The Affrilachian Artist Project

Remembering China Sparrow; Lynn Marshall-Linnemeier

We would like to start off this week with news of a effort that seeks to expand both cultural and artistic awareness: The Affrilachian Artist Project.  In addition to their mission, this project is also in the final stages of a Kickstarter campaign to raise funds to begin to film and document the work of some of the group’s senior members. 

The Affrilachian Artist Project is seeking to establish “a sustainable community-building platform for artists of color from and inspired by the Appalachian region.” As director Marie T. Cochran notes in the group’s introduction, the term “Affrilachia” came about originally through the work of Frank X Walker, Nikky Finney and the vibrant Affrilachian Poets group that emerged in the early 1990’s. Cochran originally presented work from the visual artists at the Affrilichian Poets’ 20th anniversary celebration last year; during her time at that symposium, however, she realized that part of the larger narrative was missing:

Through an array of fragments, a pattern revealed itself. The Affrilachian Poets were the WORD, the Carolina Chocolate Drops were the SONG; yet sustained attention has not been given to the visual artists who create the OBJECTS and IMAGES of the people and the places evoked by similar life experiences. A third harvest should flourish in this fertile soil.

This harvest has already begun, first with an exhibit at the August Wilson Center for African American Culture entitled Affrilachia! Where I’m From, and, building upon that popular and critical interest, with an effort to begin filming, documenting, and sharing this work. These artists range in style from the environmentally-minded installations of DeWayne Barton to the mixed-media storytelling of Lynn Marshall-Linnemeier, from the socially-conscious assemblages of Kyle and Kelly Phelps to the dance between abstraction and representation in the paintings of Valeria Watson-Doost. There’s much more work to explore on the project’s artists page.

As Cochran mentions in on the project’s Kickstarter page, The Affrilachian Artist Project adds to “recent efforts celebrating the history of Appalachia [that] reveal the fact that the region’s inhabitants are as diverse as its terrain.” Organizations such as Appalshop and The Hillville have expanded our understanding of this landscape; below, Cochran offers the four misconceptions about Appalachia illuminated in Jeff Biggers’ book The United States of Appalachia:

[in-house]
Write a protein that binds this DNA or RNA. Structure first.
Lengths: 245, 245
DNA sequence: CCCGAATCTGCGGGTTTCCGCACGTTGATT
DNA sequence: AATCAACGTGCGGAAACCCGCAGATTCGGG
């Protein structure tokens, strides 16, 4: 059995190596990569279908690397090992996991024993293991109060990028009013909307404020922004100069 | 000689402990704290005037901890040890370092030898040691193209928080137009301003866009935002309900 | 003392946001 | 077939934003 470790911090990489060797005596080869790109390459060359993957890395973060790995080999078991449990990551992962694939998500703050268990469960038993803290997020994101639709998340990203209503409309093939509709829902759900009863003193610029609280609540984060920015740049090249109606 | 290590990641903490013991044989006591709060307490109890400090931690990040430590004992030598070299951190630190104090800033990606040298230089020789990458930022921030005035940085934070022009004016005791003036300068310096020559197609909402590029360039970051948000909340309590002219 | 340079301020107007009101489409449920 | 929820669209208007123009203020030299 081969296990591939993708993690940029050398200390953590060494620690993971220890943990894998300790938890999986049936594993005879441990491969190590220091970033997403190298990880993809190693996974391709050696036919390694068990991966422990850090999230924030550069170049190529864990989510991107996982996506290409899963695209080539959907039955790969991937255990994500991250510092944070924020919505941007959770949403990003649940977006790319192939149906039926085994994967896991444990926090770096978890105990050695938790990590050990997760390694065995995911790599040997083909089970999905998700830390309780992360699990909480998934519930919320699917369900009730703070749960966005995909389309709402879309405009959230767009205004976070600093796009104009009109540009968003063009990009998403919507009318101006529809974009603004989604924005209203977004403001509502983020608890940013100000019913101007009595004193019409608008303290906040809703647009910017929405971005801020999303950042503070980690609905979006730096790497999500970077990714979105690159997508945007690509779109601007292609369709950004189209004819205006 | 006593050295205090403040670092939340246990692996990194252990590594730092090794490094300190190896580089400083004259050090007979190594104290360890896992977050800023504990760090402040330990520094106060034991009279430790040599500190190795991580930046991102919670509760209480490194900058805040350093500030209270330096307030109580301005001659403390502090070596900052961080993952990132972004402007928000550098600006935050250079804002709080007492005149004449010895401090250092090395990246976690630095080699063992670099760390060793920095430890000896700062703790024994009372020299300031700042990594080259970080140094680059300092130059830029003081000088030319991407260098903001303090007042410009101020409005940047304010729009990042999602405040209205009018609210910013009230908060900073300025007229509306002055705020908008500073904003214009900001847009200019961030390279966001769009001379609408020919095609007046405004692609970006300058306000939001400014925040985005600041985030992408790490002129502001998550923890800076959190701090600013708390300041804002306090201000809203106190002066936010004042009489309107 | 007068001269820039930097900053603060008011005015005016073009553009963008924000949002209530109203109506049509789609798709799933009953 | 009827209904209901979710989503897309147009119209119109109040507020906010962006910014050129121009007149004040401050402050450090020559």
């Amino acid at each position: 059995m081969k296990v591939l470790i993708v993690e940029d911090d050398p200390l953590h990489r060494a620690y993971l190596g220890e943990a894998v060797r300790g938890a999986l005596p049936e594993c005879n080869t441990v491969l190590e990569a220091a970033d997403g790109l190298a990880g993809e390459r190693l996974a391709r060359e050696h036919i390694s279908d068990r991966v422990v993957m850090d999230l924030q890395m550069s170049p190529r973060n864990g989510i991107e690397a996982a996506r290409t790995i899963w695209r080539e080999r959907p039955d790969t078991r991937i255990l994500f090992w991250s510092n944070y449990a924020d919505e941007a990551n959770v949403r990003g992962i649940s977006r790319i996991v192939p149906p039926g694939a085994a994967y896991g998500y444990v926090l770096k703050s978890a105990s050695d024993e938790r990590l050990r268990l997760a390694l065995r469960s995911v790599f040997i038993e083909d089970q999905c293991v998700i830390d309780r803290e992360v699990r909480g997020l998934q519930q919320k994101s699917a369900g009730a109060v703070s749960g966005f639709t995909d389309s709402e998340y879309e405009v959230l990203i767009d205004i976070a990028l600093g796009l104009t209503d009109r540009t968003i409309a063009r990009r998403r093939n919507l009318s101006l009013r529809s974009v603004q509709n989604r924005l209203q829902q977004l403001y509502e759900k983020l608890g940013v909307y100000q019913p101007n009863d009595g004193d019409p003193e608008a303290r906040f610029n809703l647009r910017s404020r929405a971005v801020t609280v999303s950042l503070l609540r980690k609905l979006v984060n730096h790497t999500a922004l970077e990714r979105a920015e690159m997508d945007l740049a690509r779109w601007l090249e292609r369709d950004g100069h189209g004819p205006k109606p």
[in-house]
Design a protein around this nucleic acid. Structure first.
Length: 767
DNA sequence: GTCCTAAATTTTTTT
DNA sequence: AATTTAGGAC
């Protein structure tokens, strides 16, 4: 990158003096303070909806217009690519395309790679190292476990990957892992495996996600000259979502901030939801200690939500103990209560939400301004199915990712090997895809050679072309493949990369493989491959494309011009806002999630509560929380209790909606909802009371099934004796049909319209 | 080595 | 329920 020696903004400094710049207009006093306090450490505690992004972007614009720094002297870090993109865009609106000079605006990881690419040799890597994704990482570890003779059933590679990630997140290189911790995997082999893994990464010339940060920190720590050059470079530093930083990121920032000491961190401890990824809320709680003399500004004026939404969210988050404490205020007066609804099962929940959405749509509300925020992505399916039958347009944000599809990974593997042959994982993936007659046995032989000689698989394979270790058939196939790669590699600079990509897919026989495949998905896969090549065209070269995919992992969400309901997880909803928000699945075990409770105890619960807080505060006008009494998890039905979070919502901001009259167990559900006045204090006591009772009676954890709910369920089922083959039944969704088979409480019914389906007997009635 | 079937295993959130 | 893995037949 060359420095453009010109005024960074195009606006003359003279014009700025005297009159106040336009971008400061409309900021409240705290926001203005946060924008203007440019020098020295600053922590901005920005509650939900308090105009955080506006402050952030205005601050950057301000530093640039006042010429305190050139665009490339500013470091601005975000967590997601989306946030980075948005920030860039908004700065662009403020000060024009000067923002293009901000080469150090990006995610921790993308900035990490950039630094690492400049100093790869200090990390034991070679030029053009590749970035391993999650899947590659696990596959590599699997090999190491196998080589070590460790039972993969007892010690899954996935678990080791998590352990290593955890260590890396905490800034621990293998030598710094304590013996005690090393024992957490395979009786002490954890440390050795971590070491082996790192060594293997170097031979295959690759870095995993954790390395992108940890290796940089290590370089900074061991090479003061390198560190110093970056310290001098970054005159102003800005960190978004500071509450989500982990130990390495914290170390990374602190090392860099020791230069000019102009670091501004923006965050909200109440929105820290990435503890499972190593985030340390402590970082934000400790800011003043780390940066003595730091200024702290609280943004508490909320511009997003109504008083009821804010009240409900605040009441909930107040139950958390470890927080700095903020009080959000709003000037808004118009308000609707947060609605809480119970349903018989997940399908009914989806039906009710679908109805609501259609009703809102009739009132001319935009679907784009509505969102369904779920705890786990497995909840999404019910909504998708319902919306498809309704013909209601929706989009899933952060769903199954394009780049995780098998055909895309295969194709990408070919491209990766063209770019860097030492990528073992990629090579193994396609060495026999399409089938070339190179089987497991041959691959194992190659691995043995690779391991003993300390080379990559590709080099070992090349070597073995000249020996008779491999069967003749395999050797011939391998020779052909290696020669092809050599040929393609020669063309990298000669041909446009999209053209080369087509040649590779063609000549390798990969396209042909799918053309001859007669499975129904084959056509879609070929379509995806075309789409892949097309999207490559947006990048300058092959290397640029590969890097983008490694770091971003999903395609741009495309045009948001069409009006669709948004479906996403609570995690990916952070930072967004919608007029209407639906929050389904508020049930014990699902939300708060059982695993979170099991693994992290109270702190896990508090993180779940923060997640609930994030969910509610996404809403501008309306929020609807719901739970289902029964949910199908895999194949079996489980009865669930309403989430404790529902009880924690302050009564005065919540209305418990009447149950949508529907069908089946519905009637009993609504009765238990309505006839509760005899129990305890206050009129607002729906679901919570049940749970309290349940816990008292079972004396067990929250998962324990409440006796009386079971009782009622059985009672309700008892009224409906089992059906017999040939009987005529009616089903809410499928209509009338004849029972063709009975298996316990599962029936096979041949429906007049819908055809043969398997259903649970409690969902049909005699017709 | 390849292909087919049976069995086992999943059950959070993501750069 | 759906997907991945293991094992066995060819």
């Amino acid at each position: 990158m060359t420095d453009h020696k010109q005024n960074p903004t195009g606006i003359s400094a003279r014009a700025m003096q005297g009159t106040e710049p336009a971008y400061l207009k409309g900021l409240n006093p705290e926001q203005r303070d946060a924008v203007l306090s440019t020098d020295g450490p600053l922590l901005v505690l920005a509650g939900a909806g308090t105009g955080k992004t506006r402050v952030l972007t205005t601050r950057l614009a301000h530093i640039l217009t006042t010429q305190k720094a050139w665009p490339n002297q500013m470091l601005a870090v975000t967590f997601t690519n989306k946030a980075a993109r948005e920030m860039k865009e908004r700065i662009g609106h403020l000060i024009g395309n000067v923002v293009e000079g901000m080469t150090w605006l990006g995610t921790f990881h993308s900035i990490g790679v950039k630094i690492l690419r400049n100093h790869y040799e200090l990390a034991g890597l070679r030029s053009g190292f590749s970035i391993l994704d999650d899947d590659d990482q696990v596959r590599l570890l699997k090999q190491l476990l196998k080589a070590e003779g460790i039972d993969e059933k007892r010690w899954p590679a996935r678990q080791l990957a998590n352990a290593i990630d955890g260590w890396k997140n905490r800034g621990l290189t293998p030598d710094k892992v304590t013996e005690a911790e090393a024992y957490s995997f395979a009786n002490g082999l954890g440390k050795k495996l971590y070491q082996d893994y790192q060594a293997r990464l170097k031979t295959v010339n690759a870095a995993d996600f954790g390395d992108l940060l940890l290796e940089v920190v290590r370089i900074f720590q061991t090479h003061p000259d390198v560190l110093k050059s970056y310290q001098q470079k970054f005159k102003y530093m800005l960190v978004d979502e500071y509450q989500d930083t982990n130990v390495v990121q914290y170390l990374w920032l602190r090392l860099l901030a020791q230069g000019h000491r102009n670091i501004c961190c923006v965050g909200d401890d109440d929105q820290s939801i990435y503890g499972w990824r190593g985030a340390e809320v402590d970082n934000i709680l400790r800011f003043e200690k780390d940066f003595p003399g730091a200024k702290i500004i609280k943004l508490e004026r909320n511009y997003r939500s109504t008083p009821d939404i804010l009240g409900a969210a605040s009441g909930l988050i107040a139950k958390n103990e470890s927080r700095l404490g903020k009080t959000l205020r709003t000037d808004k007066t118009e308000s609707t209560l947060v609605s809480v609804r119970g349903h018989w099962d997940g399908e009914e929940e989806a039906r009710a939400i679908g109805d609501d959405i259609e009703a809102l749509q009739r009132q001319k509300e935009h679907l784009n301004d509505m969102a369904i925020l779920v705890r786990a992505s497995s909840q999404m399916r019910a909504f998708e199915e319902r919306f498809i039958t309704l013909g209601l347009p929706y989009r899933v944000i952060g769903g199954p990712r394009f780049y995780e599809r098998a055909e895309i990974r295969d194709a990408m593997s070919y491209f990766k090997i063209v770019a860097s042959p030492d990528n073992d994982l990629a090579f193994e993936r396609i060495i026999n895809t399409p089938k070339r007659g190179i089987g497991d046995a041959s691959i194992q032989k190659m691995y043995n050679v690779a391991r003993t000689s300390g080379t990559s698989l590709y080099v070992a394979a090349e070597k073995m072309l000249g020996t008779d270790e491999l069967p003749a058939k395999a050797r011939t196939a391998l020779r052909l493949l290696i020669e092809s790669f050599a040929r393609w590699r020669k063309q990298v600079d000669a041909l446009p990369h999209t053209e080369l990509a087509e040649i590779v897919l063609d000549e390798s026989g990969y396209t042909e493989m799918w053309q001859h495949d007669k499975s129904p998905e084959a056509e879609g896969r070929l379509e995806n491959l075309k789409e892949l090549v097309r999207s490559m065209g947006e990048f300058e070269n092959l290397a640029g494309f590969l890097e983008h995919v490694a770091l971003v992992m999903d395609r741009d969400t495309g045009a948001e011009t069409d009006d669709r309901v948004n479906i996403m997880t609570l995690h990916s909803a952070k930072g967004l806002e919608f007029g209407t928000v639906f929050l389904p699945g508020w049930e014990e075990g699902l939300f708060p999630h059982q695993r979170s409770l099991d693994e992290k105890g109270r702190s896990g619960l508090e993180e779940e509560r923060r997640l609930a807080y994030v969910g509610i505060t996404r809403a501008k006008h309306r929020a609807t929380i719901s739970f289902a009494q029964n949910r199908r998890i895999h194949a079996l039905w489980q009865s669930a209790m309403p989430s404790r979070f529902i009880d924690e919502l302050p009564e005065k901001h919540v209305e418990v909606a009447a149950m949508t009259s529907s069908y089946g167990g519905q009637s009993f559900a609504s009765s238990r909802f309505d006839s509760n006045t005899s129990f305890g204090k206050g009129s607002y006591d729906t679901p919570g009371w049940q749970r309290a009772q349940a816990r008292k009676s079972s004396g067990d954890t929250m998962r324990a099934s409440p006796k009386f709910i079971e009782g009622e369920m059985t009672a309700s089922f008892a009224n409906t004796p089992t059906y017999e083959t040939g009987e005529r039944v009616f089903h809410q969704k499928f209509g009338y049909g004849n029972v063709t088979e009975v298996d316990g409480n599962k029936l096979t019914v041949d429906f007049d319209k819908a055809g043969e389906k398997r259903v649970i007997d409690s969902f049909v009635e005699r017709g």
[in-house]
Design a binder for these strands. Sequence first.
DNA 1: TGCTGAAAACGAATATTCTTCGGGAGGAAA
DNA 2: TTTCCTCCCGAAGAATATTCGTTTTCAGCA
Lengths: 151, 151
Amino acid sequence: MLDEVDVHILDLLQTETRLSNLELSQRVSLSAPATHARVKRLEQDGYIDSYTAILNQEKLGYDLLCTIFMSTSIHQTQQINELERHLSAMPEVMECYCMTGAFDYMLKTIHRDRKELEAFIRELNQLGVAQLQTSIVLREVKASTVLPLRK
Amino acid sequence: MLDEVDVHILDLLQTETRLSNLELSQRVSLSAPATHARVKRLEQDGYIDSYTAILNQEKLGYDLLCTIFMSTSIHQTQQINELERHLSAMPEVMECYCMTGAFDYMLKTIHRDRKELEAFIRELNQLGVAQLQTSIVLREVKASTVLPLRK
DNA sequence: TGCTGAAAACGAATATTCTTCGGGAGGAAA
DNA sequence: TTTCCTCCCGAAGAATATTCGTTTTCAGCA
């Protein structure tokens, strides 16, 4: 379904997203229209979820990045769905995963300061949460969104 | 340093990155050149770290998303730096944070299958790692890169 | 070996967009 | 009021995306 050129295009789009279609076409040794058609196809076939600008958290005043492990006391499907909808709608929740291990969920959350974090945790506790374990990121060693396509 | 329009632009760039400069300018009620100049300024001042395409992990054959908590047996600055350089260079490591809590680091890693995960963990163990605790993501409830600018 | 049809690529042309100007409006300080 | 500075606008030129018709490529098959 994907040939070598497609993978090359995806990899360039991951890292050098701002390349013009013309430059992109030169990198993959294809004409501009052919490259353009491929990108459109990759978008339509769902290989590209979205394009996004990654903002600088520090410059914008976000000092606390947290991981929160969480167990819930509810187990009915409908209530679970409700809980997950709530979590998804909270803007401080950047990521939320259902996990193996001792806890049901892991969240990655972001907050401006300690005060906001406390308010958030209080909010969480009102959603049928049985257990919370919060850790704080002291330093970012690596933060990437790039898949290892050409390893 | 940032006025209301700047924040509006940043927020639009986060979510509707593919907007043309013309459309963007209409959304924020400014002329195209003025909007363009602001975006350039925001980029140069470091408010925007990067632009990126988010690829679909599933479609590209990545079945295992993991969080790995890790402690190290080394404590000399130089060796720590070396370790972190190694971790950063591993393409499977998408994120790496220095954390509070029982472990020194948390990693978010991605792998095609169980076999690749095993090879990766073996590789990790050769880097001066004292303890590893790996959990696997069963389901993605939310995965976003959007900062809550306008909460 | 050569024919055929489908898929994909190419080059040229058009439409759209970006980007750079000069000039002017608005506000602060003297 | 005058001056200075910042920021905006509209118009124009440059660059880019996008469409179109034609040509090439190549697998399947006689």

Biggers identifies four paradoxical images that have persisted about the region. The pristine Appalachia, though it is touted a vacationer’s playground according to slick promotional brochures, it is a battleground of fierce clashes between environmentalists and commercial interests over timber, coal and a number of natural resources; Anglo-Saxon Appalachia, once defined by Merriam-Webster’s Collegiate Dictionary as mountain region of “white natives,” despite its role as a crossroads of indigenous cultures as well as vast immigrant and African American migrations for centuries; backwater Appalachia, a “strange land of peculiar people” caricatured in thousands of popular culture formats from comic books to feature films, though the region has produced some of the most important thinkers and creators in the nation (including African Americans like Carter G. Woodson who established the first official celebration of Black History, Booker T. Washington, Bessie Smith, Nina Simone, Bill Withers, Nikki Giovanni and Henry Louis Gates to name a few) and pitiful Appalachia, the poster region of rural poverty, regardless of the tremendous revenue generated by its mineral resources, timber and labor force in the mines, mills and factories, and today’s tourist industry.

The Affrilachian Artist Project promises to help replace these “paradoxical images” with paintings, collages, and sculptures that speak from authentic experience and artistic practice. Please find the video for the project’s Kickstarter campaign, which enters its final week today: